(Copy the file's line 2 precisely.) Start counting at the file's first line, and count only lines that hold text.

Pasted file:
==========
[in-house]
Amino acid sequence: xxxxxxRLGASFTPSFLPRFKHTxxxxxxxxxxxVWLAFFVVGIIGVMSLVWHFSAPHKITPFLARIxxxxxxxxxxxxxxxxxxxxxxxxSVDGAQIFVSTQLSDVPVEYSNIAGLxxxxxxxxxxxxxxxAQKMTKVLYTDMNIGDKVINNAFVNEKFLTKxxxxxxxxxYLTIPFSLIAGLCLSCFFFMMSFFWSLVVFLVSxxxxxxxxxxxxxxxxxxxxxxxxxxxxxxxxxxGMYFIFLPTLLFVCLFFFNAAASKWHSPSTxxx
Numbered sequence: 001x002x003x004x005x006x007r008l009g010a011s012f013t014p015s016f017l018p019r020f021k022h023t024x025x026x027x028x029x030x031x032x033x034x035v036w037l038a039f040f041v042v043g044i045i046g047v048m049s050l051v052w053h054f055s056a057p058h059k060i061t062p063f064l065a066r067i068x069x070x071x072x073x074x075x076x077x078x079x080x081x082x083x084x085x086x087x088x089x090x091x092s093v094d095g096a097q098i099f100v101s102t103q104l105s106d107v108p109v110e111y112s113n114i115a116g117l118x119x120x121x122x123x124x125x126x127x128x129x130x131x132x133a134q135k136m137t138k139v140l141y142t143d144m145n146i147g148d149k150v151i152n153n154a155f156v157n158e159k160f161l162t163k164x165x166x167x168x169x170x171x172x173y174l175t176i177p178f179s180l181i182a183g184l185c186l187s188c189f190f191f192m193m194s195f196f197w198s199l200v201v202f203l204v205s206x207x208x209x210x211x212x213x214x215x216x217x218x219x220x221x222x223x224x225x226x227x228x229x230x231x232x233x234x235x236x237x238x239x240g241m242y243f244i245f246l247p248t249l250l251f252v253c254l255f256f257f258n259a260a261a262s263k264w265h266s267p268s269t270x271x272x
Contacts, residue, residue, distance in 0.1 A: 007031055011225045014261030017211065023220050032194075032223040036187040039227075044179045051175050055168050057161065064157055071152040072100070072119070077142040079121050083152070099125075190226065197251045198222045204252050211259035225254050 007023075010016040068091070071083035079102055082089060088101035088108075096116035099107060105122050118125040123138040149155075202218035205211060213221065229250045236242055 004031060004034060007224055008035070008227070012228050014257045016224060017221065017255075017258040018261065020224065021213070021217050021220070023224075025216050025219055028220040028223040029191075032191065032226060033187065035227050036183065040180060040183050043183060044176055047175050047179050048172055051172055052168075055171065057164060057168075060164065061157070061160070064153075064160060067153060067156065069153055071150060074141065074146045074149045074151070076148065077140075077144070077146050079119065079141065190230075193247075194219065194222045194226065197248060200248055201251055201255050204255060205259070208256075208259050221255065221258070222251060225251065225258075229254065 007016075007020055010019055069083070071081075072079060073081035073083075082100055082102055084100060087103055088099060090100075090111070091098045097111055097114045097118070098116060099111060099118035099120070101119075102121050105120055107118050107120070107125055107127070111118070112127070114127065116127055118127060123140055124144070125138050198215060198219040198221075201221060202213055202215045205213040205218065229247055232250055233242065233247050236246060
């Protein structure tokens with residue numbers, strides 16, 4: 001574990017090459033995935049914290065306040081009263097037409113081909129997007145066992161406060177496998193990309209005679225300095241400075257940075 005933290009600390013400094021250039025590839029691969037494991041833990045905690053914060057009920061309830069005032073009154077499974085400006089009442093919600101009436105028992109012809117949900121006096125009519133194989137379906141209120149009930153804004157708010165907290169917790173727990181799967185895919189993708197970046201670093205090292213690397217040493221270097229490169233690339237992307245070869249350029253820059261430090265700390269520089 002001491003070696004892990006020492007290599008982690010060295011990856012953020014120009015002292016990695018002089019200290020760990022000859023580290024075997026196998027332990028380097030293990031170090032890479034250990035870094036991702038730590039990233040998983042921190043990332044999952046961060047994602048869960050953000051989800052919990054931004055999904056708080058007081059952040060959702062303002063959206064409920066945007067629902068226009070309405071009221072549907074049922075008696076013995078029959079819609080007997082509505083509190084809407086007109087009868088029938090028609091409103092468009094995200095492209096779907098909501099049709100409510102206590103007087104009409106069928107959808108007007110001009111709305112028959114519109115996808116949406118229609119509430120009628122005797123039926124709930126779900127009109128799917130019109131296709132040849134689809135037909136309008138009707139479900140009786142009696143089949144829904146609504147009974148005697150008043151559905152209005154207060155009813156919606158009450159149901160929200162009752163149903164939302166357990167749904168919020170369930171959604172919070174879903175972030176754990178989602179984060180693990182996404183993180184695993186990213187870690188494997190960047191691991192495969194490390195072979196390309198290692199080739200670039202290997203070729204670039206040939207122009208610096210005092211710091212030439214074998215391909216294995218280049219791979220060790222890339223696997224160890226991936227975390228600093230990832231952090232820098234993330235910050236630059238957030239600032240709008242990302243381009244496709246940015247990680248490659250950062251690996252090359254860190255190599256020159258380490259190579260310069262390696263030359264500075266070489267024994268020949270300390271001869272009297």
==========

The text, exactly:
Amino acid sequence: xxxxxxRLGASFTPSFLPRFKHTxxxxxxxxxxxVWLAFFVVGIIGVMSLVWHFSAPHKITPFLARIxxxxxxxxxxxxxxxxxxxxxxxxSVDGAQIFVSTQLSDVPVEYSNIAGLxxxxxxxxxxxxxxxAQKMTKVLYTDMNIGDKVINNAFVNEKFLTKxxxxxxxxxYLTIPFSLIAGLCLSCFFFMMSFFWSLVVFLVSxxxxxxxxxxxxxxxxxxxxxxxxxxxxxxxxxxGMYFIFLPTLLFVCLFFFNAAASKWHSPSTxxx